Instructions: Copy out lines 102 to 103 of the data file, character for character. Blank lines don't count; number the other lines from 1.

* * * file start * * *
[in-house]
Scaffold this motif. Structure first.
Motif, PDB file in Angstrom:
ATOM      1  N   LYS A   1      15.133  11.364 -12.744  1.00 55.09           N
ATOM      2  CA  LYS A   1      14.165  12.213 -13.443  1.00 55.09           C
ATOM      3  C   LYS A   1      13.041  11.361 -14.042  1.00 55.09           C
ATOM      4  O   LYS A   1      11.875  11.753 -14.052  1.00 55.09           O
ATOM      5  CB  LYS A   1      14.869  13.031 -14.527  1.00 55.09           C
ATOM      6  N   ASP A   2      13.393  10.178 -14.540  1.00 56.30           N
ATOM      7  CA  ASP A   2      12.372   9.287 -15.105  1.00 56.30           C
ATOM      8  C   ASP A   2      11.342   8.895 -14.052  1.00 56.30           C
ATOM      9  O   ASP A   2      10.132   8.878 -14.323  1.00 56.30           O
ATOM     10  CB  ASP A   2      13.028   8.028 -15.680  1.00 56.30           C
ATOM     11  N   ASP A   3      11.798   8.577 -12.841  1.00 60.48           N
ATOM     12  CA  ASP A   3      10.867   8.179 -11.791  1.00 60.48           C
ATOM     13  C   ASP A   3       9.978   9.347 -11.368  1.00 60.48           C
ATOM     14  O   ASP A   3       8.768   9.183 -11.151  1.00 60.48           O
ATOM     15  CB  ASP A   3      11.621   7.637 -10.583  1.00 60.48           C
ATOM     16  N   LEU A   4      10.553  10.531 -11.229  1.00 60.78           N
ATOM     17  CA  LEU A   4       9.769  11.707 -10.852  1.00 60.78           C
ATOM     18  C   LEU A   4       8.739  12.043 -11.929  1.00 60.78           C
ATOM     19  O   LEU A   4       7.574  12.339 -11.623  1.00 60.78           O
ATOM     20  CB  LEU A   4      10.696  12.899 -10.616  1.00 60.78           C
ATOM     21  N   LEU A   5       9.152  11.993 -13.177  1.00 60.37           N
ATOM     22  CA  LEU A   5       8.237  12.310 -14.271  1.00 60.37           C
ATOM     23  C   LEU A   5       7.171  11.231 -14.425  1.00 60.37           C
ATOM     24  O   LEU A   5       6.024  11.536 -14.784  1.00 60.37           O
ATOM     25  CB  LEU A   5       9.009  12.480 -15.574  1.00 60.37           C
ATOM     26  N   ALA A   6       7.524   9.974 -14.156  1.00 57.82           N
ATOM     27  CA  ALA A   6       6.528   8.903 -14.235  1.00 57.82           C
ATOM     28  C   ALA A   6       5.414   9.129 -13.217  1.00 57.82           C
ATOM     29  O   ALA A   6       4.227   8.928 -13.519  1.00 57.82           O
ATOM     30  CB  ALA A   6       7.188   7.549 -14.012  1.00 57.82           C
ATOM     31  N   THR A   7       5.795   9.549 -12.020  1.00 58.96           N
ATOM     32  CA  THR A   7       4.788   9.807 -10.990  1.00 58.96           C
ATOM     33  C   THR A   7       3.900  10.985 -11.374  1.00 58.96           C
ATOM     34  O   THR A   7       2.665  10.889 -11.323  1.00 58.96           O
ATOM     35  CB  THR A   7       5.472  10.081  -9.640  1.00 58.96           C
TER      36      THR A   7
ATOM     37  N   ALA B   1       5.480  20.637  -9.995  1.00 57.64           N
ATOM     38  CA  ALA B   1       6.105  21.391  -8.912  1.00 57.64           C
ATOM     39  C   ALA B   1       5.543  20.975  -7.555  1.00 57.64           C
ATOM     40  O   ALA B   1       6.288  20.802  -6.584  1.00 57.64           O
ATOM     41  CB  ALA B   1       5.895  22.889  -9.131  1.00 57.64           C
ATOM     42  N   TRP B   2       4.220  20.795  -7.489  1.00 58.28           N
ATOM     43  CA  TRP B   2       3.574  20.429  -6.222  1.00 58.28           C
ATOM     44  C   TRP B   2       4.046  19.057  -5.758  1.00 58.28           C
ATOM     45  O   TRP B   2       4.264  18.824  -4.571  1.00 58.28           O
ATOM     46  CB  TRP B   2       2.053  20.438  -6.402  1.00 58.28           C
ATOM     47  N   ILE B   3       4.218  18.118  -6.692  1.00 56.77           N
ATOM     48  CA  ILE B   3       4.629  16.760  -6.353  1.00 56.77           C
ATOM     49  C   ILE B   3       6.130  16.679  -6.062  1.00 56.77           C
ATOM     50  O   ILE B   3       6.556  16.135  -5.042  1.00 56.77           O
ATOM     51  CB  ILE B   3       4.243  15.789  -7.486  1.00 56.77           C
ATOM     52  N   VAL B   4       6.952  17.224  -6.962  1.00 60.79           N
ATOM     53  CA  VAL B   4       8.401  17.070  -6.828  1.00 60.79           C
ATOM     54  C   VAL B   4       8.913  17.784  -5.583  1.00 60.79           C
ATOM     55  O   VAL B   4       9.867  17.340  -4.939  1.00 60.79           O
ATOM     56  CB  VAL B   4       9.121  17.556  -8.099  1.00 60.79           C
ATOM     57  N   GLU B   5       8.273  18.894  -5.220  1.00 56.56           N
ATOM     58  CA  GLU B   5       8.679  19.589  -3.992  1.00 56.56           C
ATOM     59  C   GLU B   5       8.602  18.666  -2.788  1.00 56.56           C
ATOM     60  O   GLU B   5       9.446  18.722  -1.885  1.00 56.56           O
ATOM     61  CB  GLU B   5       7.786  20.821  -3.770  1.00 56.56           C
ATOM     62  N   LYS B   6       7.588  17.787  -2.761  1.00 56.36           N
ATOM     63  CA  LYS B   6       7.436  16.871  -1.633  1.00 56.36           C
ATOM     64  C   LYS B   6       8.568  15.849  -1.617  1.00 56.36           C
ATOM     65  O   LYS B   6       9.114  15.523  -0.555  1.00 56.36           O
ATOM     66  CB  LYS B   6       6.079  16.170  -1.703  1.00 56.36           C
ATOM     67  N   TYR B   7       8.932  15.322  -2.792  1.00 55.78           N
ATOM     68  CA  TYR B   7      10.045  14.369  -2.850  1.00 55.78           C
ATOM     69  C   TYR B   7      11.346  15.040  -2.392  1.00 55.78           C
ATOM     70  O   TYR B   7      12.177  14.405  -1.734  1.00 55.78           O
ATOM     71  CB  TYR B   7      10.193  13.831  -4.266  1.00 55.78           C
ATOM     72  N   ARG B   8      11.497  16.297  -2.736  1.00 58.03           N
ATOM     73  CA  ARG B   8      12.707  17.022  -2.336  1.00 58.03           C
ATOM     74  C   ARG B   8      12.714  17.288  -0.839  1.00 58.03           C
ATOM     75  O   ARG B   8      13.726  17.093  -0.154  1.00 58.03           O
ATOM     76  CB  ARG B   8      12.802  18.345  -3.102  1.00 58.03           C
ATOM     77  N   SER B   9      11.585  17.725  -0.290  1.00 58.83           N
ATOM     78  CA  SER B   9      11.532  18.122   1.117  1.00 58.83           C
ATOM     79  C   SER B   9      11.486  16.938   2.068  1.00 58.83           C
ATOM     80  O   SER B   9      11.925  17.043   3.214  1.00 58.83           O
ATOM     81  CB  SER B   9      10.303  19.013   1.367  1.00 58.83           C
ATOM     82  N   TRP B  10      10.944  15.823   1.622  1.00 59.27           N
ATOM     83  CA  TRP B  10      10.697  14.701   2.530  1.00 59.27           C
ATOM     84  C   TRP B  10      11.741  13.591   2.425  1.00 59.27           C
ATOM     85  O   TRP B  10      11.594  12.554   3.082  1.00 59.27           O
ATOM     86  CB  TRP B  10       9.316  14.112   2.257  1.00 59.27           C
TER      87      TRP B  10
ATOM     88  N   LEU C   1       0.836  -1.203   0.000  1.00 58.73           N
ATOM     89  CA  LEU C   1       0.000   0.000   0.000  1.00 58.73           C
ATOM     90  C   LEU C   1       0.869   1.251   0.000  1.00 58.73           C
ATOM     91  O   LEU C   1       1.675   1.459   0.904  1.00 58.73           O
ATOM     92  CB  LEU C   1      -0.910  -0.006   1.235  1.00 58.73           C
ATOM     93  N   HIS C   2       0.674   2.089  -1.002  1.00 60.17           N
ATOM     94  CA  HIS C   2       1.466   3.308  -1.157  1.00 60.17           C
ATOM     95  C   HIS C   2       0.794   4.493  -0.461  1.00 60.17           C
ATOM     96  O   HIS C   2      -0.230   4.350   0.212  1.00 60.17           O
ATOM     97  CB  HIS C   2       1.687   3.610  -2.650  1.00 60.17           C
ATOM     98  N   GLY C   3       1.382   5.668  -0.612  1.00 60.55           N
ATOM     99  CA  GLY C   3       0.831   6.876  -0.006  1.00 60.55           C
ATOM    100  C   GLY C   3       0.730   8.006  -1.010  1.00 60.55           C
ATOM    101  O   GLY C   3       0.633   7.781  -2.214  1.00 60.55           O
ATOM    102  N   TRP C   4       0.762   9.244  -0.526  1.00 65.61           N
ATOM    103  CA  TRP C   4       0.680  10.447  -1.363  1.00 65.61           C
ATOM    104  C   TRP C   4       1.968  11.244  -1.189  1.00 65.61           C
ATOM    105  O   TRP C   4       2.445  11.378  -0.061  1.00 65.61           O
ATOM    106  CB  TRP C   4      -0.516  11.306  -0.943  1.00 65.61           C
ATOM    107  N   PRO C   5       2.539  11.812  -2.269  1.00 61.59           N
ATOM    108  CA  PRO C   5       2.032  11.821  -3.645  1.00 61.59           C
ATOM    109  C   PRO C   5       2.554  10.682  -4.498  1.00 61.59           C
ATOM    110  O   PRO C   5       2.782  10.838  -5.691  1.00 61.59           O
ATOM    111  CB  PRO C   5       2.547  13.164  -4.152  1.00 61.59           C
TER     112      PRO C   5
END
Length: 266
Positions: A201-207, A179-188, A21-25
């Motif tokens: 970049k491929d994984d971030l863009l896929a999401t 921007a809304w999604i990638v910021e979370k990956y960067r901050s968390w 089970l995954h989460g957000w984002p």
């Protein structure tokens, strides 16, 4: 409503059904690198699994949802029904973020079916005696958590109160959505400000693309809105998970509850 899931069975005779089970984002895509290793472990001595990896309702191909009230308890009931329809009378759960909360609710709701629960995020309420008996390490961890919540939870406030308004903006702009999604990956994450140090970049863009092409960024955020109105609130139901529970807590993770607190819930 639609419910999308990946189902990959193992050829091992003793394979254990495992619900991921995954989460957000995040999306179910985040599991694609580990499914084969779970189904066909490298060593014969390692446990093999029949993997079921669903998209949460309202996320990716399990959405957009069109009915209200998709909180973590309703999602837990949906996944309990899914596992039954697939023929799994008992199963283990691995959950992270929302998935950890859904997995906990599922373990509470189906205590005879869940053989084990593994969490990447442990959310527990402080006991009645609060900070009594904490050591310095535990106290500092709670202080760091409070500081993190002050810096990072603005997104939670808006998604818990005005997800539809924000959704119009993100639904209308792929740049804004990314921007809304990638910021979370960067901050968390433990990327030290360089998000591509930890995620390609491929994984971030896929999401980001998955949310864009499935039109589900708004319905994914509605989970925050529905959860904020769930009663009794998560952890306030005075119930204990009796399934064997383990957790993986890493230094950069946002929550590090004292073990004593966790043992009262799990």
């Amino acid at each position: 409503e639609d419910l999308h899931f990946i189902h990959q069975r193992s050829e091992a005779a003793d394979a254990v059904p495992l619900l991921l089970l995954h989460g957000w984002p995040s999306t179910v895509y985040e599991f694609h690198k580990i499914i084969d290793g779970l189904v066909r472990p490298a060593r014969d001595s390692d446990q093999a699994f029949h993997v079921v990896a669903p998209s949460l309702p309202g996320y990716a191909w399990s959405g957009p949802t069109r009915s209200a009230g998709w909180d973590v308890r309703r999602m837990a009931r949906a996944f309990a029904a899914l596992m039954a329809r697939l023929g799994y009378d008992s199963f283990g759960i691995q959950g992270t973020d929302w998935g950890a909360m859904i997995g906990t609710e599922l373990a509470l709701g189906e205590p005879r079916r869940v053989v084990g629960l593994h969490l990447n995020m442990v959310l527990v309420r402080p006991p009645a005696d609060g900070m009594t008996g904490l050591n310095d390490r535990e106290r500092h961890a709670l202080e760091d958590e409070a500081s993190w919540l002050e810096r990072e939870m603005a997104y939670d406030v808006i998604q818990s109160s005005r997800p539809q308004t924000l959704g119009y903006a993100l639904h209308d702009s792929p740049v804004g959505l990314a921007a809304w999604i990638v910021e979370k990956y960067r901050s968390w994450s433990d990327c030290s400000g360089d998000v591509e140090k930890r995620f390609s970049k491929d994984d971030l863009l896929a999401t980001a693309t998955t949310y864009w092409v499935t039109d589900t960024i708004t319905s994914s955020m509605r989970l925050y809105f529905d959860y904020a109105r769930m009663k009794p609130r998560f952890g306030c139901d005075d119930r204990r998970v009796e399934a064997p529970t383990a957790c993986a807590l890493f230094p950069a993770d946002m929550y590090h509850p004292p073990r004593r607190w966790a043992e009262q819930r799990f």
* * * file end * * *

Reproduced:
ATOM     99  CA  GLY C   3       0.831   6.876  -0.006  1.00 60.55           C
ATOM    100  C   GLY C   3       0.730   8.006  -1.010  1.00 60.55           C